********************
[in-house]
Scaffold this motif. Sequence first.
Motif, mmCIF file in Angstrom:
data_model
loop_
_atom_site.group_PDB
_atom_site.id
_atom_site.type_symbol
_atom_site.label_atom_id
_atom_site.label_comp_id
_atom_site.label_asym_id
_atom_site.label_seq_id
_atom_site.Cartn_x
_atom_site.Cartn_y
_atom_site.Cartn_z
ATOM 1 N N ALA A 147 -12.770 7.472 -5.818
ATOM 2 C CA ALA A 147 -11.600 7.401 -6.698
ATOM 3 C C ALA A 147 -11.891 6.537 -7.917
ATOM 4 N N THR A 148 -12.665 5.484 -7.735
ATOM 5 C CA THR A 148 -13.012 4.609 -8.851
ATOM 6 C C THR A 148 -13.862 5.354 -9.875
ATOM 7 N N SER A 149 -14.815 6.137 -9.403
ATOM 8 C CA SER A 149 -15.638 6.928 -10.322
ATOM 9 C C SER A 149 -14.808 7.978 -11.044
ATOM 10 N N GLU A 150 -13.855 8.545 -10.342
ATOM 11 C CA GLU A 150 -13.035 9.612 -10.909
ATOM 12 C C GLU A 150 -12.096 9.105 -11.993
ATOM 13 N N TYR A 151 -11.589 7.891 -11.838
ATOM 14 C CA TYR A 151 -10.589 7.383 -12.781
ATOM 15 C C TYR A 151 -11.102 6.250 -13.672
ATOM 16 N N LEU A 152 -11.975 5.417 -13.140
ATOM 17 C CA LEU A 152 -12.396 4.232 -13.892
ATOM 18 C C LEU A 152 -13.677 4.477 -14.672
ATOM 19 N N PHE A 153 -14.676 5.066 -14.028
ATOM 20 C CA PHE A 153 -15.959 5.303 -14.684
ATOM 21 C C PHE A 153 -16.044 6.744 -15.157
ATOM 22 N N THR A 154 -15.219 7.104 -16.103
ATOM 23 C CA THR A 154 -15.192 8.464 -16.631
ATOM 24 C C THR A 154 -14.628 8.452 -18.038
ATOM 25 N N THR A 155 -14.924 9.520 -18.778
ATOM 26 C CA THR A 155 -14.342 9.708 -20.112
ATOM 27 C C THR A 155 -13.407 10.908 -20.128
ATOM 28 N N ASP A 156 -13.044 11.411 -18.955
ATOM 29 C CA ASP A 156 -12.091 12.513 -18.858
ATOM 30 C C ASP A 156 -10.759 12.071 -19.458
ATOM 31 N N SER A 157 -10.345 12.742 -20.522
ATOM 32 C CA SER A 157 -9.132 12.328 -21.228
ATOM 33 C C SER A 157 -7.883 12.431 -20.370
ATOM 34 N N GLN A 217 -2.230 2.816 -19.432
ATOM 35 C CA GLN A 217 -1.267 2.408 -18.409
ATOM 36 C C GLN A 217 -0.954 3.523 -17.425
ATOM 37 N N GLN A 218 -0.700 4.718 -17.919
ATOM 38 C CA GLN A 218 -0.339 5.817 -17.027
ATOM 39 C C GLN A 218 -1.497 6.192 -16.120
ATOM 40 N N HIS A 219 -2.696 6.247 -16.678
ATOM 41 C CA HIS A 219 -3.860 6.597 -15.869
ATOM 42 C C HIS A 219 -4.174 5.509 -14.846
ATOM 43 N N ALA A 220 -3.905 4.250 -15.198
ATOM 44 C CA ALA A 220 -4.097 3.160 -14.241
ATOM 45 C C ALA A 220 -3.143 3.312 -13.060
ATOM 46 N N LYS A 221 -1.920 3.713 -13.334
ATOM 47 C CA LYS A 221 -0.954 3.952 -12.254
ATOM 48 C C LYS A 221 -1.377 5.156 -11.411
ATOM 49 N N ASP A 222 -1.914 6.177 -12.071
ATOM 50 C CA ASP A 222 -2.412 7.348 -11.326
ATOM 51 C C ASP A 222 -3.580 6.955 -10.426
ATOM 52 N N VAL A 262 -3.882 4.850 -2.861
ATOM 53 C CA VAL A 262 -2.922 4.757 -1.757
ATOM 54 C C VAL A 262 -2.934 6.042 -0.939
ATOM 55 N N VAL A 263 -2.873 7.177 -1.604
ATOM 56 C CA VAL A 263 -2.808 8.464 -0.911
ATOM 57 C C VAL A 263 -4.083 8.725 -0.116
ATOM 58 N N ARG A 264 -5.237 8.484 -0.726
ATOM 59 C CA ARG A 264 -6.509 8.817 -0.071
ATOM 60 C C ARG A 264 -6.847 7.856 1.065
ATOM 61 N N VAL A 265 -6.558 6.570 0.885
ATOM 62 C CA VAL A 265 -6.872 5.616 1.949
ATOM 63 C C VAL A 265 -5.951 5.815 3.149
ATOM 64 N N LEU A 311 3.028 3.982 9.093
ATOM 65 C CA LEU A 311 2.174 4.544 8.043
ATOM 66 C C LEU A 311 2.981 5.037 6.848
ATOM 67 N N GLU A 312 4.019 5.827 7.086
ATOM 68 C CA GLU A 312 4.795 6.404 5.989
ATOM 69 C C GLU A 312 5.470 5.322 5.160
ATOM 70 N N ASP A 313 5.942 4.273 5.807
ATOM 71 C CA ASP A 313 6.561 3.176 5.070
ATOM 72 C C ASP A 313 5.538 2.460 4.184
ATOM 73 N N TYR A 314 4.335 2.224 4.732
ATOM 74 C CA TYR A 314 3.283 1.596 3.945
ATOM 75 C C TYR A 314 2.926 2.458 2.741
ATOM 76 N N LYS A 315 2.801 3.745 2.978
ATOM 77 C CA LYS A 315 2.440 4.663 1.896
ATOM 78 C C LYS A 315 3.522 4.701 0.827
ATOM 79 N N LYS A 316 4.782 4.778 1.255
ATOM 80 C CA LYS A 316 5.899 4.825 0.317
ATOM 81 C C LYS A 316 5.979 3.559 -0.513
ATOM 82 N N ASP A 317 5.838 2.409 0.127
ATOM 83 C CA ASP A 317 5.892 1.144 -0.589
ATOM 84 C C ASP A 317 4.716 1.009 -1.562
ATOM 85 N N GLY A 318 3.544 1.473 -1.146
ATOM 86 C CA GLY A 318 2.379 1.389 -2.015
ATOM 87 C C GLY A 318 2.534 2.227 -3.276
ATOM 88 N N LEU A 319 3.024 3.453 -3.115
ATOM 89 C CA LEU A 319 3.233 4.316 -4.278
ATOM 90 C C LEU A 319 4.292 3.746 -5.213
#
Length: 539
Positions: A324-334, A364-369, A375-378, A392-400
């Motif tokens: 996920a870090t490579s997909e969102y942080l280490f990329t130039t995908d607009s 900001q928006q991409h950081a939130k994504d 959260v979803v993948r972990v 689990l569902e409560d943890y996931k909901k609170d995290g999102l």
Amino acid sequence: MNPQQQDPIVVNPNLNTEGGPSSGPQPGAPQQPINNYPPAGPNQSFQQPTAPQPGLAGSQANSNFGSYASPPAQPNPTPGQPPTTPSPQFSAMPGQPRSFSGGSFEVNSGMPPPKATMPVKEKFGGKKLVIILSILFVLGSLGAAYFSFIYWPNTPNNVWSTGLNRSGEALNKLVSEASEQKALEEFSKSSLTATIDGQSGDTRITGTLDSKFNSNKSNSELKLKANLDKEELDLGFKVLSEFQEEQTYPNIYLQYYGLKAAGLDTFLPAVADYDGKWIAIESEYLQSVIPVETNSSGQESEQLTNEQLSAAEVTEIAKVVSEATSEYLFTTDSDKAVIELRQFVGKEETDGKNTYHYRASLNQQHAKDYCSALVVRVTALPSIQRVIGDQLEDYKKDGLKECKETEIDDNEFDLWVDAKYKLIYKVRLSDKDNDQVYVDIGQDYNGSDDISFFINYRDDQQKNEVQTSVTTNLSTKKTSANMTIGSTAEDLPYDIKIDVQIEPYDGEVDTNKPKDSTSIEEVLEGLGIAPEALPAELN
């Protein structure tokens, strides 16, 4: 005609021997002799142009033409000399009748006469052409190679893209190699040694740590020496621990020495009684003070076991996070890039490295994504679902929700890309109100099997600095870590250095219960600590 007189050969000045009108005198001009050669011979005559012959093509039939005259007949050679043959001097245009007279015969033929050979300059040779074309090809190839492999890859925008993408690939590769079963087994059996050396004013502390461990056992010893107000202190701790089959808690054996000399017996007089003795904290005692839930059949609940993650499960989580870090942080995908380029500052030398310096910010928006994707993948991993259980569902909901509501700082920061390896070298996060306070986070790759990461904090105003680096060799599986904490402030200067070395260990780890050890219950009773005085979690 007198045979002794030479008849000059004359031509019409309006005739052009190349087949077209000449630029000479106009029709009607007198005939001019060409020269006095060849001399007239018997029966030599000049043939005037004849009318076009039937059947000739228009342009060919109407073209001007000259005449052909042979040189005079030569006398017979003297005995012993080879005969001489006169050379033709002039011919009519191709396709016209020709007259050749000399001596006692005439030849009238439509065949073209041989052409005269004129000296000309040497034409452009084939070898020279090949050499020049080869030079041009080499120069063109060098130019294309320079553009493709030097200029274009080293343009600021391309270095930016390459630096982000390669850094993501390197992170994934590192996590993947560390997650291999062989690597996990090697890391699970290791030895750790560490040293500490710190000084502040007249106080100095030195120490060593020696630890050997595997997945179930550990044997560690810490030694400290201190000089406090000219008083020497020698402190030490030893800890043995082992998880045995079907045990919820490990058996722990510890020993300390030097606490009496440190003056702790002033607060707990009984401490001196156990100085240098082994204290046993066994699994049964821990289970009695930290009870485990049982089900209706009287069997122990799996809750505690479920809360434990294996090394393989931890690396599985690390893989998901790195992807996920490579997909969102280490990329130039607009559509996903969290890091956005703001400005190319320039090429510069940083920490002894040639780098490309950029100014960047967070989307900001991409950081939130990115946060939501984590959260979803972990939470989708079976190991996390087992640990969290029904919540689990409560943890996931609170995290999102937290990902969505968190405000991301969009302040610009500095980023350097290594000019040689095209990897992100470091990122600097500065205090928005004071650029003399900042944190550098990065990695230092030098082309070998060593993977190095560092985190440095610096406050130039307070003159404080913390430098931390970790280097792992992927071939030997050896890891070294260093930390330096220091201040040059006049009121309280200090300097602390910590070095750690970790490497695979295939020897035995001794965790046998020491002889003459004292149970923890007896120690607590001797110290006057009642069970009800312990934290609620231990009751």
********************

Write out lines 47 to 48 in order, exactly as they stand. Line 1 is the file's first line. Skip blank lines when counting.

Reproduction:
ATOM 32 C CA SER A 157 -9.132 12.328 -21.228
ATOM 33 C C SER A 157 -7.883 12.431 -20.370